On Christmas Eve 1979, four Soviet motor rifle divisions entered Afghanistan via two routes across the northern border, while another airborne division airlifted directly to Bagram airfield, near Kabul. Within days there were over 50,000 Soviet soldiers rampaging through Afghanistan. The objective: eliminate and replace the Amin government with one that was more loyal and sympathetic to Soviet demands.
The Soviets moved rapidly on the Capitol, Kabul. On December 27th, spetsnaz operatives unsuccessfully poisoned Afghanistan’s President Hazifullah Amin in a sad attempt to make the political transition seem like something other than a strong-armed, Soviet-backed coup. When this failed however, the Soviets were quick to abandon any sense of finesse and immediately employed more spetsnaz commandos to simply storm Amin’s holdout and execute him along with his two sons. Moscow masked this treachery under the guise of a legitimate response to requests from Afghanistan’s constitutional authorities to remove Amin for a more socialist-minded leader. Babrak Karmal fulfilled this role and endorsed Soviet actions as Amin’s replacement, thus offering a thinly veiled perception of legitimacy to the global community.
Already in the midst of the Iranian hostage crisis, President Jimmy Carter turned even more attention to the Middle East and harshly condemned the Soviet Union’s actions in his 1980 State of the Union Address. He went so far as to demand a boycott of the 1980 Summer Olympics in Moscow. The U.S. and NATO were convinced, and rightly so, that the move was nothing more than wanton Soviet aggression aimed at expanding their sphere of influence into the Middle East. In response, a February 8th Russian news publication firmly rebuked Carter’s accusations, claiming, “The American administration’s furious reaction to the recent events in Afghanistan is the result not at all of concern for an “independent Moslem people” but of the fact that plans for converting that country into an anti-Soviet military staging ground, into a stronghold of US policy in this region, have fallen through”. As was typical of most Soviet publications, such fabrications turned out to be far from the truth. The Soviets couldn’t have been more guilty in defying the independence of the “Moslem people” of Afghanistan.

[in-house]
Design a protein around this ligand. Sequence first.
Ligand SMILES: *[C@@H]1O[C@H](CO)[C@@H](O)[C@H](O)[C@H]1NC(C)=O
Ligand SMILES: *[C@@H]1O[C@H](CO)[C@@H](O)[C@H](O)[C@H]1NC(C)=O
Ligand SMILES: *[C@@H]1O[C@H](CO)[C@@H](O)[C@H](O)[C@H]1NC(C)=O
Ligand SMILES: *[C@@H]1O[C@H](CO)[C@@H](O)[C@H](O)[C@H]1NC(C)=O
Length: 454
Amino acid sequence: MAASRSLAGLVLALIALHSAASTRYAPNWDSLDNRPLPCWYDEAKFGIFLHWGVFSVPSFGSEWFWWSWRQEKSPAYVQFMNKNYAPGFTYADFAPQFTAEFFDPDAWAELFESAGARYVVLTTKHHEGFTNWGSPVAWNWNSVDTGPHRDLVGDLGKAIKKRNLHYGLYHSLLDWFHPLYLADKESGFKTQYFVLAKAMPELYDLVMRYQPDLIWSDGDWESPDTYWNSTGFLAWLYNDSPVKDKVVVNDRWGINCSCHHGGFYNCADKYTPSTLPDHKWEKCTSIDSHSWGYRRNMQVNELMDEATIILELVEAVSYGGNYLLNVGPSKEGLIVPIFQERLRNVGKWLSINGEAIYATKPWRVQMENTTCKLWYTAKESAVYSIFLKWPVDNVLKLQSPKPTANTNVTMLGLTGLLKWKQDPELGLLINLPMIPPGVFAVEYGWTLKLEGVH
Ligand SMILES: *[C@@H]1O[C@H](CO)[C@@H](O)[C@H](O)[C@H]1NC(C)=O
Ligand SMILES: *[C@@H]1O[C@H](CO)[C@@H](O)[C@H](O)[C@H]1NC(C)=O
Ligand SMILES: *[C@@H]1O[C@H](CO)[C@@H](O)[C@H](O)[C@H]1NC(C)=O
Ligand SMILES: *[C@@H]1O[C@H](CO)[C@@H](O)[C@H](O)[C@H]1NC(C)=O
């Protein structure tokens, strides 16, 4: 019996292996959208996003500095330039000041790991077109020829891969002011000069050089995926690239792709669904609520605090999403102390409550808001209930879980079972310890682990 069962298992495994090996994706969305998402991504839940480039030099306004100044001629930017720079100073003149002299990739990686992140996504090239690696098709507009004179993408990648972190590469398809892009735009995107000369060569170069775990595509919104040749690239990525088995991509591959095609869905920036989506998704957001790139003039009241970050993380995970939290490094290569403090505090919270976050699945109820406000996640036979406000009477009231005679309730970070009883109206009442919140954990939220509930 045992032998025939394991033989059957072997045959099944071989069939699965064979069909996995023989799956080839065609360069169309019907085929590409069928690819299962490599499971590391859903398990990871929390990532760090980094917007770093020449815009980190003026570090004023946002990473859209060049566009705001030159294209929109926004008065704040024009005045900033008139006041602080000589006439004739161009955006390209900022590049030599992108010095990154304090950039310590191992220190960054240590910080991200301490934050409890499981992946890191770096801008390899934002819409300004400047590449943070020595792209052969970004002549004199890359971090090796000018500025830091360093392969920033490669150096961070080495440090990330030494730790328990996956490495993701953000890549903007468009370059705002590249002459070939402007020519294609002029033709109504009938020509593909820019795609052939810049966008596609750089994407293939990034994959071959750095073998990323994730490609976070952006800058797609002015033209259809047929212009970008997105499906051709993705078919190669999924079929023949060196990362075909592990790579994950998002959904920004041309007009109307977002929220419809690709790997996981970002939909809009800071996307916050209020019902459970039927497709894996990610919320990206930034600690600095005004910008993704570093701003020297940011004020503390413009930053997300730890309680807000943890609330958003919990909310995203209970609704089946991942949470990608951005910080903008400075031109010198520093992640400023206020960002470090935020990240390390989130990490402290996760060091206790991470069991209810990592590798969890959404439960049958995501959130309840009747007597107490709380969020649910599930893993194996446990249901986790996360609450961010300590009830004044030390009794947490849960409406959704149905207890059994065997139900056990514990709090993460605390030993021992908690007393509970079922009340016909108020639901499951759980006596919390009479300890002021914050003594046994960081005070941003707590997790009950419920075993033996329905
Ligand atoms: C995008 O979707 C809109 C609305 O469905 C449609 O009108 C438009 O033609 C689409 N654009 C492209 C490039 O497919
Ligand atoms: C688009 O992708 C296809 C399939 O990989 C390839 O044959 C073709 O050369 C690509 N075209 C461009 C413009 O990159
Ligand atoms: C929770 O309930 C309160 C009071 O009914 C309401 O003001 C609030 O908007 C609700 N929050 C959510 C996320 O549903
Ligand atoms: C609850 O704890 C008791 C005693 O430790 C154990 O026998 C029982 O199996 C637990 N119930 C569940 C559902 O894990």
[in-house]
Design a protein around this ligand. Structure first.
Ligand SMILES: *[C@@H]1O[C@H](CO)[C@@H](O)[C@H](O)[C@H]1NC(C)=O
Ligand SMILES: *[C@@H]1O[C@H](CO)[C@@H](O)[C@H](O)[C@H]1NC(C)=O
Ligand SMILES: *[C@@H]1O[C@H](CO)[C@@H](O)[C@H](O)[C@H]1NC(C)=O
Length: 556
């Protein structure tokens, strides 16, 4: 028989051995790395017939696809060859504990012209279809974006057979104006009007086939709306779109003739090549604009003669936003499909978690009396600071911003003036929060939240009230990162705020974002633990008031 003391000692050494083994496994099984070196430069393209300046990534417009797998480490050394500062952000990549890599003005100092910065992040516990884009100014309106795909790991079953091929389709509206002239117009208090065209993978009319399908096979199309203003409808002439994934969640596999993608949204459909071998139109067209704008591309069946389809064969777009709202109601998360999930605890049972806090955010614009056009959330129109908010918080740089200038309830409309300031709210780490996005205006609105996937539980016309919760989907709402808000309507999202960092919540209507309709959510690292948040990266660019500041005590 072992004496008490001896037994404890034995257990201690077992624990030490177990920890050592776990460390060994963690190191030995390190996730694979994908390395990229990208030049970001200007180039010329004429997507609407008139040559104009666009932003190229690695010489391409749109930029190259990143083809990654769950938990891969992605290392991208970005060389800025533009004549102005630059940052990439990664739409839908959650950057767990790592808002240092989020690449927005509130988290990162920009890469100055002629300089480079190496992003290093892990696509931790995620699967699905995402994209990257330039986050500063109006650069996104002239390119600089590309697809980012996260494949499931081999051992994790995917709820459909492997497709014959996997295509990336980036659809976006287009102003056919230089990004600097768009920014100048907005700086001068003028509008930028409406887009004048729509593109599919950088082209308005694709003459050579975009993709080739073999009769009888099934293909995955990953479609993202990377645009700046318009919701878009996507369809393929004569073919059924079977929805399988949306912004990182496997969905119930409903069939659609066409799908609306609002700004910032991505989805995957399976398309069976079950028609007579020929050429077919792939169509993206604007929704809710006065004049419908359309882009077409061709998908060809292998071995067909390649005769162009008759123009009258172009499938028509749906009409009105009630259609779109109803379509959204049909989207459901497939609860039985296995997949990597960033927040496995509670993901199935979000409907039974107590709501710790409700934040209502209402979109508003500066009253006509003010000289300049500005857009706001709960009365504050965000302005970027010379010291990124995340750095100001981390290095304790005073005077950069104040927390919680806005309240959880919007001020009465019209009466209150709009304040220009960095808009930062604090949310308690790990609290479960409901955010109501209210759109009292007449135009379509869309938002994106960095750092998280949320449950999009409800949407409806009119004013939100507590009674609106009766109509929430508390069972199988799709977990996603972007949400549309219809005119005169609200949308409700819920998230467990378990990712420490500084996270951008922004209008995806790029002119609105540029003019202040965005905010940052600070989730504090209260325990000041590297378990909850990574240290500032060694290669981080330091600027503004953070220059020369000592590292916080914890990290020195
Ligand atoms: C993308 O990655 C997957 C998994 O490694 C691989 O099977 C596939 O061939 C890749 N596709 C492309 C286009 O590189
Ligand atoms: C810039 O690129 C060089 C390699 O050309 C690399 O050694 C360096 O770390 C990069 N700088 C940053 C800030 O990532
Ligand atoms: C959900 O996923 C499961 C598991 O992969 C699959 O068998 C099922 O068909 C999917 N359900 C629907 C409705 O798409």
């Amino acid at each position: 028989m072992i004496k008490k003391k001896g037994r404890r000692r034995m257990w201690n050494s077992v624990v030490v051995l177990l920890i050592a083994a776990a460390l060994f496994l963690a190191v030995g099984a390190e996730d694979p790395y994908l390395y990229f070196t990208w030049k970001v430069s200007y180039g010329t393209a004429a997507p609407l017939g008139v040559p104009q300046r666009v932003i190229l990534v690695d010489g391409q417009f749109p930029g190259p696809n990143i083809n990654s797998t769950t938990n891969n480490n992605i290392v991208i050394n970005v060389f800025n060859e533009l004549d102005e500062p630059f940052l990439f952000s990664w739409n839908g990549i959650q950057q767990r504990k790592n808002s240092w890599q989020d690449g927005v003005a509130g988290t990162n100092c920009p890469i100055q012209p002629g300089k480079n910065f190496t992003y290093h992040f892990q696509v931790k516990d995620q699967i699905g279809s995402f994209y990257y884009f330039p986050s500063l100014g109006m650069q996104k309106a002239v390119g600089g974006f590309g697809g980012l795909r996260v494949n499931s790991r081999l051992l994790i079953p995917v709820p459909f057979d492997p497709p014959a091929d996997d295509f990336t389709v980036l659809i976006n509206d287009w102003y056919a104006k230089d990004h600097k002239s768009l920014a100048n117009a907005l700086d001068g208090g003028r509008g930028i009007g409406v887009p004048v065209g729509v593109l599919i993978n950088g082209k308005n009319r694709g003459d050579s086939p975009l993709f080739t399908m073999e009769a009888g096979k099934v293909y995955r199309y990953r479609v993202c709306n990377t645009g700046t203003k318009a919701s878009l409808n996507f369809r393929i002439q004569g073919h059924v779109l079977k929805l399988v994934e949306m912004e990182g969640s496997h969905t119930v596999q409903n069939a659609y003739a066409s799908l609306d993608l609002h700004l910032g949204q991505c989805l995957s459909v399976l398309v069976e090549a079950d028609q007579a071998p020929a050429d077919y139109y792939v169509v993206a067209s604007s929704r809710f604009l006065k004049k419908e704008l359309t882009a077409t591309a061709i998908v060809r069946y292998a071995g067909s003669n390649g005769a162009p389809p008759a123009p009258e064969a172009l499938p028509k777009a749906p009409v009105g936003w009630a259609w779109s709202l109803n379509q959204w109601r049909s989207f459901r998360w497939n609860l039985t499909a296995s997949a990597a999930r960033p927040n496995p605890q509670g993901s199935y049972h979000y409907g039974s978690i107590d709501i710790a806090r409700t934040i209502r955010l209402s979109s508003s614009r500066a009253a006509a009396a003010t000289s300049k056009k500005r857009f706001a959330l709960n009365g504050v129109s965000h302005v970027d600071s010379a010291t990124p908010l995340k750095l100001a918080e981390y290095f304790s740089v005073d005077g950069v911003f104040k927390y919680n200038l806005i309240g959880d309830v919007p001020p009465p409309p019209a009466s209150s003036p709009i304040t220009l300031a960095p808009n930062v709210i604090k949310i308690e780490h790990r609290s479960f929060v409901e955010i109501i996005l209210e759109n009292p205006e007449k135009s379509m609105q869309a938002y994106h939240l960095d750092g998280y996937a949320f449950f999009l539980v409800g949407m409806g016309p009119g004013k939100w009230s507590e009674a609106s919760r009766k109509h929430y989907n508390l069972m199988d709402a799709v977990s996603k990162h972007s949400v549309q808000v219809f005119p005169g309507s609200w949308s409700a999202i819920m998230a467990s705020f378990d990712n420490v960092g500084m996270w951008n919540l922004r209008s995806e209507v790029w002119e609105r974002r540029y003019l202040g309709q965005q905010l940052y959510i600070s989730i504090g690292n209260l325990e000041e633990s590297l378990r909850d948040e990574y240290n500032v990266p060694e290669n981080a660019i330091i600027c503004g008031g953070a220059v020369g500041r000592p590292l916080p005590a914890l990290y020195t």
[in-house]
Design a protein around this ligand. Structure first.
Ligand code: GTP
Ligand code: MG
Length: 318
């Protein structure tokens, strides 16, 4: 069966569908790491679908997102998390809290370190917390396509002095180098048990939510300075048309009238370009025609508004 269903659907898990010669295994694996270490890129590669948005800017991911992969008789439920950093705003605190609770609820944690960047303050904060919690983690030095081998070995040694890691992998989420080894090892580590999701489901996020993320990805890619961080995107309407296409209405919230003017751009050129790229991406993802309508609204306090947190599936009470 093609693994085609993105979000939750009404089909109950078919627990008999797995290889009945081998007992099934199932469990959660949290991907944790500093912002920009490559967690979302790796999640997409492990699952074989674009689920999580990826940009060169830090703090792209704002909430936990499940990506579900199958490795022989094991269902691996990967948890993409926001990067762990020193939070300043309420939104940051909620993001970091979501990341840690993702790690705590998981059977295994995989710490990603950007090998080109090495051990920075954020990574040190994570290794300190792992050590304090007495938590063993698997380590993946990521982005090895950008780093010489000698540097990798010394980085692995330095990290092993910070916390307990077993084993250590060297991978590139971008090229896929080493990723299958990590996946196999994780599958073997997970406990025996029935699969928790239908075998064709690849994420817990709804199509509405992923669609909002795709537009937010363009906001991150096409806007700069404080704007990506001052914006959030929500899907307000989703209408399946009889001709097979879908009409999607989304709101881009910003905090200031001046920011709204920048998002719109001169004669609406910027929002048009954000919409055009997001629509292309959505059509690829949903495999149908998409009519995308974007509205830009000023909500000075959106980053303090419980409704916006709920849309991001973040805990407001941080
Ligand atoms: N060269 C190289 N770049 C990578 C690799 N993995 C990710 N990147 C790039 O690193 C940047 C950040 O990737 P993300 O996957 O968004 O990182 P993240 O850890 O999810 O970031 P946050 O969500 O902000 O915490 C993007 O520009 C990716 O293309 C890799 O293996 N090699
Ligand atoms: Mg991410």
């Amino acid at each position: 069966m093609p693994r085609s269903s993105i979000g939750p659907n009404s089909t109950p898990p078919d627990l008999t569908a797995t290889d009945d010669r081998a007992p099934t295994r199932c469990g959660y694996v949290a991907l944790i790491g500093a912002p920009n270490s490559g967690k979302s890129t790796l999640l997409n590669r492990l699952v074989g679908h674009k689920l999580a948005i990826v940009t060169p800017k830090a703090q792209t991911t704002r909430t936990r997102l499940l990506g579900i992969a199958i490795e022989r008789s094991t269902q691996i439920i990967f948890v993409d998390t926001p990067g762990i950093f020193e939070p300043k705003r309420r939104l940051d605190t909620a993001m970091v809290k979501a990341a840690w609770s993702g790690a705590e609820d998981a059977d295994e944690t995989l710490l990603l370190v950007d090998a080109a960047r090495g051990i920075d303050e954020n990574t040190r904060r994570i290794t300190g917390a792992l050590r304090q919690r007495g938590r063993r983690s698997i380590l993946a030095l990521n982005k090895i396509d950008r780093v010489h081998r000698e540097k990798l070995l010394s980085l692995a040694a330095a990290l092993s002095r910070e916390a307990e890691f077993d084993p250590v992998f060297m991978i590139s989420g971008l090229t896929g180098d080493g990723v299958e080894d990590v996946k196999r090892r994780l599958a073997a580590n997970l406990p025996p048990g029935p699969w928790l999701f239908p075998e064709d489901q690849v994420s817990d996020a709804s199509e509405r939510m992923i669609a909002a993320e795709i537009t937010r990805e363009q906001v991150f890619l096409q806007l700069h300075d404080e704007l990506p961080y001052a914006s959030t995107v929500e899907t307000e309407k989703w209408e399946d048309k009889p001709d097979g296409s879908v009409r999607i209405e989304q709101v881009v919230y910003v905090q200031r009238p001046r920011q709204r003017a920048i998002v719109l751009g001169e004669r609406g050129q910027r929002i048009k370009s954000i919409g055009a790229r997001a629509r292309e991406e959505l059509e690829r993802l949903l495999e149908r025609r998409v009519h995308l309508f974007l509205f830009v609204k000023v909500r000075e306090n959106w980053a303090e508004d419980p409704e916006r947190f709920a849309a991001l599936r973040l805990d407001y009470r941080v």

Although American forces were held back from directly intervening, clandestine elements of the CIA trained and equipped the Afghan tribes hostile to the Soviet invasion, eventually known as the Mujahideen. Initial Mujahideen efforts against the invading Soviets were far from decisive but did manage to foil the Kremlin’s plans for a quick, low-cost campaign. Soviet forces were geared towards fighting a massive conventional war against their traditional adversary, NATO; as a result, they were ill prepared for a counter-insurgency effort against the many different Afghan tribes of the Mujahideen, which employed guerrilla-tactics to prey upon isolated Soviet units. Furthermore, Soviet tanks were ill suited for Afghanistan’s rugged mountainous terrain, making them even more vulnerable to ambush. The one saving grace for the Soviets was their air-superiority; heavily armed Soviet helicopter gunships initially gave them the upper hand as the Mujahideen simply had few ways of effectively countering such technological dominance.
Soviet air-superiority didn’t hold up very long though. During the Reagan administration the CIA amplified its efforts, arming the Mujahideen with tons of portable, shoulder-launched anti-air missiles that spelled doom for Soviet pilots. Famously depicted in the movie, Charlie Wilson’s War, this was the decisive turning point of the conflict. Bogged down by the Mujahideen and unforgiving Hindu Kush Mountains, the Soviet campaign turned into a deadly quagmire. Losses of men and equipment continued to pile up, forcing the Kremlin to dump increasing amounts of money into an increasingly hopeless situation. For all intents and purposes, Afghanistan represented the Soviet Union’s version of the American nightmare in Vietnam.
Eventually, the Soviets simply lost the will to fight. September 1989 marked the withdrawal of the last Soviet troops from Afghanistan, ending nearly 10 years of fruitless, bloody conflict. Shortly afterwards, the Soviet Union collapsed. Without a doubt, this validated and refreshed Afghanistan’s reputation as the graveyard of empires.